# A very simple question about ohms law

Discussion in 'General Electronics Chat' started by kiloman, Sep 30, 2009.

1. ### kiloman Thread Starter New Member

Sep 30, 2009
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hey everyone

i was going over my basic electronics from scratch, and i was going over ohms law. well i understand the simplicity behind the law and how voltage, current, and resistance are all related, but i started thinking about what if resistance was 0... so there would be no voltage or current right? well when i try to visualize this, 0 resistance would mean there is no resistance for the electrons to pass through. so how can there be no voltage or current? like if we took a copperwire and connected it from the + to the -, then it would be a short circuit. wouldnt there be a voltage and current still? even if for a brief period of time before something bad happens? maybe im thinking the wrong way? let me know! thank you

2. ### Voltboy Active Member

Jan 10, 2007
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In the case of the copperwire short circuit, there IS resistance, little but there is.
It happens that a superconductor has almost 0 resistance, so little that its negligible, and that's why it is so interesting and many researchers are trying to find a way to create superconductors at normal temperatures. I actually don't know how Ohms law applies to superconductors, try a google search for it.

3. ### wr8y Active Member

Sep 16, 2008
232
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In a real world circuit, if you applied any voltage to a resistance of zero ohms, you would have no voltage across the zero ohms, but your current would soar to the maximum value the battery or other source is capable of supplying. (That is to say, the current would be limited by the "internal resistance" of the source).

The only limit on the current would be how much current it takes to burn your conductors open OR, again, the maximum amount of current the supply can supply.

4. ### Wendy Moderator

Mar 24, 2008
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Pure theory, you would have infinite current and zero volts. Same thing you get whenever you have zero in a algebretic equation. Somewhere there would be resistance though, if only in the battery (and right before it explodes into a ball of fire).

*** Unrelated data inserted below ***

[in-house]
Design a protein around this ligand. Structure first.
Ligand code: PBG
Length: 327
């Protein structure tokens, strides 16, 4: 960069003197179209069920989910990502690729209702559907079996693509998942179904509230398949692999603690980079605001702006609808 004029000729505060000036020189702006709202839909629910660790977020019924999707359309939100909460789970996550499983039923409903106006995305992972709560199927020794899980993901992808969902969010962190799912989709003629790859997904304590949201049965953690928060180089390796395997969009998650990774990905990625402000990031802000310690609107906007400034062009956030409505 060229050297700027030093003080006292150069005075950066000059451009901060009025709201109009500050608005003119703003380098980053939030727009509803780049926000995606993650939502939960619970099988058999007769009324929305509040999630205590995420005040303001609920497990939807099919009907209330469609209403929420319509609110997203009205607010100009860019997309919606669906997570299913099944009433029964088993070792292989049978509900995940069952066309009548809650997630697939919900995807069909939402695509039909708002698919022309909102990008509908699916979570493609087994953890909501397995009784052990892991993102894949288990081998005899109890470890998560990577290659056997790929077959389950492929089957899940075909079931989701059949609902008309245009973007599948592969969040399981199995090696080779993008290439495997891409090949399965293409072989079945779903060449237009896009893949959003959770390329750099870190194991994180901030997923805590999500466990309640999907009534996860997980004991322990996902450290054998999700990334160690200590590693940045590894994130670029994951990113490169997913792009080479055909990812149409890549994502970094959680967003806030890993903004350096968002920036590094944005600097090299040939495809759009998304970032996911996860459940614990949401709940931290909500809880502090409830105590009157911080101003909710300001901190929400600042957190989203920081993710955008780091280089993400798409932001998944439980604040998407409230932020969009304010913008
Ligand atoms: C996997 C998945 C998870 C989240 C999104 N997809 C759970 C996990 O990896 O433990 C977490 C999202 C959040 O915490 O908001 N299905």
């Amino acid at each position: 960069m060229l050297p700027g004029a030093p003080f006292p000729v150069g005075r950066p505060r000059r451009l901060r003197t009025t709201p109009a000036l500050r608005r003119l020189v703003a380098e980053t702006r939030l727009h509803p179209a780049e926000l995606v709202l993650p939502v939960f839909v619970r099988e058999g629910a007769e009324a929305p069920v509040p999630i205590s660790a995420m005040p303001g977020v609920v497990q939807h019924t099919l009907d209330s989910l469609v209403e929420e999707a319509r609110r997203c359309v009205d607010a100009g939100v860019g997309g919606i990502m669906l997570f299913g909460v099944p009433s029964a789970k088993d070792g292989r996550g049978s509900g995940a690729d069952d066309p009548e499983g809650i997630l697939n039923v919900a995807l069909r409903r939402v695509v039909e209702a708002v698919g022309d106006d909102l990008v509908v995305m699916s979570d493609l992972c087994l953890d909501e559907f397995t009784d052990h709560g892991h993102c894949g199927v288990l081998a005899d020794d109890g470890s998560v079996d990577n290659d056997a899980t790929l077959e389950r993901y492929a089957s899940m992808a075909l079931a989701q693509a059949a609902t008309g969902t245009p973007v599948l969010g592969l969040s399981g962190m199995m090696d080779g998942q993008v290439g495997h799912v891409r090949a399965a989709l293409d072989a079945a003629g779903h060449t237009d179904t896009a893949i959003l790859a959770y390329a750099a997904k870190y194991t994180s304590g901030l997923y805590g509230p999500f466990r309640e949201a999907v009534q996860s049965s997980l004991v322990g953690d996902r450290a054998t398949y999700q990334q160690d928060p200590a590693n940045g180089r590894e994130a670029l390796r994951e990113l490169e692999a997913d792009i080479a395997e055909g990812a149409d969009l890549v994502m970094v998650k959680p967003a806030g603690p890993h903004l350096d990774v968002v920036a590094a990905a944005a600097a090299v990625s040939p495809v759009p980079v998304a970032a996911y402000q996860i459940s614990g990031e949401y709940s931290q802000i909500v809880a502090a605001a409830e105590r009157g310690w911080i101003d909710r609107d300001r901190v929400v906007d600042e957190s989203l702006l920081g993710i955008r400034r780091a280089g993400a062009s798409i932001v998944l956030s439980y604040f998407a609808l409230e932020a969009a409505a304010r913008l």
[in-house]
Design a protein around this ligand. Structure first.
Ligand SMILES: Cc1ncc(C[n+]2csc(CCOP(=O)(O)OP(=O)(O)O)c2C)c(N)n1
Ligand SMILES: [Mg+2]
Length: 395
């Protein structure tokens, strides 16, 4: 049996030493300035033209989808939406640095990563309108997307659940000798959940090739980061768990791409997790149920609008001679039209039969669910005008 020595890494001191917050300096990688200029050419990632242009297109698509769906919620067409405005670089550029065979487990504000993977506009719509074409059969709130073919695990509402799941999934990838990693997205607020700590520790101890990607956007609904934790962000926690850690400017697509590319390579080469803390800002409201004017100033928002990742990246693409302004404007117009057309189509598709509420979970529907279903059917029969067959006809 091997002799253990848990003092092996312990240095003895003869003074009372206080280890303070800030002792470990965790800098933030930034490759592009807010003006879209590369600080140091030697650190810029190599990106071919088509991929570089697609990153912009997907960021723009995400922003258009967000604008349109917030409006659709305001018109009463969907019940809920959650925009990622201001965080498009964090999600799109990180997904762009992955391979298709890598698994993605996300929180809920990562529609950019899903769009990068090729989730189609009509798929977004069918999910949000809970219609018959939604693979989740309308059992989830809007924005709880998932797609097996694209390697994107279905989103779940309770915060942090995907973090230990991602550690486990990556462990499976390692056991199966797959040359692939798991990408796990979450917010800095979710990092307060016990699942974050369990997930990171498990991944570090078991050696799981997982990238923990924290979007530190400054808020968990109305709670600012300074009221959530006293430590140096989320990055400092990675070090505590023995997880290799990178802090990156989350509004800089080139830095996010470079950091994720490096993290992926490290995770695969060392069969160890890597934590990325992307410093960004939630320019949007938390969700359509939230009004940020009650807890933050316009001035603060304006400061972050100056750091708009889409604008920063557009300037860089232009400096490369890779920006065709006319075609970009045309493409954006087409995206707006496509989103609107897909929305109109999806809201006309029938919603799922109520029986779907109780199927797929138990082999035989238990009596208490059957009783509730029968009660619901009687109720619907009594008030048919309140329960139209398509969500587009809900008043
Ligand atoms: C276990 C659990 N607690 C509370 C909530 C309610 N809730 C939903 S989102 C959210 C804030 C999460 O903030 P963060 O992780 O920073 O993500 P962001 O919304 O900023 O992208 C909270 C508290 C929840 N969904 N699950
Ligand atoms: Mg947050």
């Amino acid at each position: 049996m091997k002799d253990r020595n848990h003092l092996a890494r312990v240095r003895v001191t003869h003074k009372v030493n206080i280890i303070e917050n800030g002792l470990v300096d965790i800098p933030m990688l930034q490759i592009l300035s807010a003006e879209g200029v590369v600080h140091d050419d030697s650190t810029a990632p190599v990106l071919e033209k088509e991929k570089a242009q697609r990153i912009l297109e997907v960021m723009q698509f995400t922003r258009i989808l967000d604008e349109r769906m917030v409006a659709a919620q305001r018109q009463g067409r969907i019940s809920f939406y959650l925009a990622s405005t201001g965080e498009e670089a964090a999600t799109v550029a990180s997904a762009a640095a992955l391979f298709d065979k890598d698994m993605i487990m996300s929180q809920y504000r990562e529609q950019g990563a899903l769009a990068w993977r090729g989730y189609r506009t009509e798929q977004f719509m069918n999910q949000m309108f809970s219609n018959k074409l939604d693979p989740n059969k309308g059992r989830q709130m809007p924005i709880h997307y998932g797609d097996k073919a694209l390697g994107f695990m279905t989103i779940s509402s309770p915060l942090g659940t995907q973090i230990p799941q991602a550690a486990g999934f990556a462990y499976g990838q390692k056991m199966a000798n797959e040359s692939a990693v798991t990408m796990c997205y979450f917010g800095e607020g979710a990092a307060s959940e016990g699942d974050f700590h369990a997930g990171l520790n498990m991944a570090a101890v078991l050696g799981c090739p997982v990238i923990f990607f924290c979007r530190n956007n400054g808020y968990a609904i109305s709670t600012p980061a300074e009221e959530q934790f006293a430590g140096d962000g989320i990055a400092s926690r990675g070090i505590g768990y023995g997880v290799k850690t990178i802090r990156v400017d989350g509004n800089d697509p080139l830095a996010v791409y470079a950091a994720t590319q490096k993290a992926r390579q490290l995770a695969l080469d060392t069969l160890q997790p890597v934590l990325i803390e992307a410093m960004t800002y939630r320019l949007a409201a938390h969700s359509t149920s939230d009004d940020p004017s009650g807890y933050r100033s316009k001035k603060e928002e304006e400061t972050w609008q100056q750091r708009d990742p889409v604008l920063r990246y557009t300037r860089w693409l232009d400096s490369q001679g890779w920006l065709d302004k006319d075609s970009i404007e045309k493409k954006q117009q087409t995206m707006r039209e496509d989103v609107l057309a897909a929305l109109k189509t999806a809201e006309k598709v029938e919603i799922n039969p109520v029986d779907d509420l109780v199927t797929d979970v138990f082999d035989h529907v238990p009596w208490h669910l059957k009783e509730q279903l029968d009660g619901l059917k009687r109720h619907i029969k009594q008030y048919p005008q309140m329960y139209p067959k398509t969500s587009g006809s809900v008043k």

5. ### bountyhunter Well-Known Member

Sep 7, 2009
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There is zero resistance in superconductors at temps of absolute zero. There would be current flow, but there would be no voltage developed across the resistance because there is none. In effect, you can have current flow without any electromotive force (Volts) to push the current.

It sounds impossible, but that's what relativistic physics predicts and it has been demonstrated.

6. ### TheWeasel New Member

Aug 28, 2009
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For this part of your query, I'm sure you could have 0V = 0I x 0R by having a supercooled silver 'ring donut' as a circuit with very close to no resistance, passing no current, because there's no voltage difference anywhere in the 'circuit'.

For your other point, I agree with other posts....i.e a big spanner across your car battery terminals would end badly, but for the microsecond before the spanner explosively melts, the current would be limited (slightly) by the internal resistance of the battery.

Last edited: Oct 8, 2009
7. ### Ratch New Member

Mar 20, 2007
1,068
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bountyhunter,

Perhaps, but at what current? Could a superconductive material sustain its superconductivity at high current levels? Has absolute zero been reached in the lab yet. I suspect the answer to both the above questions is NO.

You really mean charge flow. The is a big difference between a infinitesimal amount of resistance and none.

How would the charge know which way to flow without a voltage present?

How does relativity tie into superconductor physics?

Ratch

8. ### rjenkins AAC Fanatic!

Nov 6, 2005
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Superconductors are quite widely used in scientific and industrial applications.

There are a few metals that are supeconductors at liquid helium temperatures, and an increasing number of 'high temperature' materials that 'only' need liquid nitrogen.

One common application is superconducting magnets. A coil of superconductor has a connecting / shorting link that can seperately be temperature controlled.
This is warmed, a current is fed through the main magnet coil and once that is at the desired level the shunt link is cooled again. Once the whole thing is superconducting again, the power is disconnected.

The current cannot change without changing the magnetic field, and the interaction between the two is such that they both stay constant for very long times.

A few bits of info: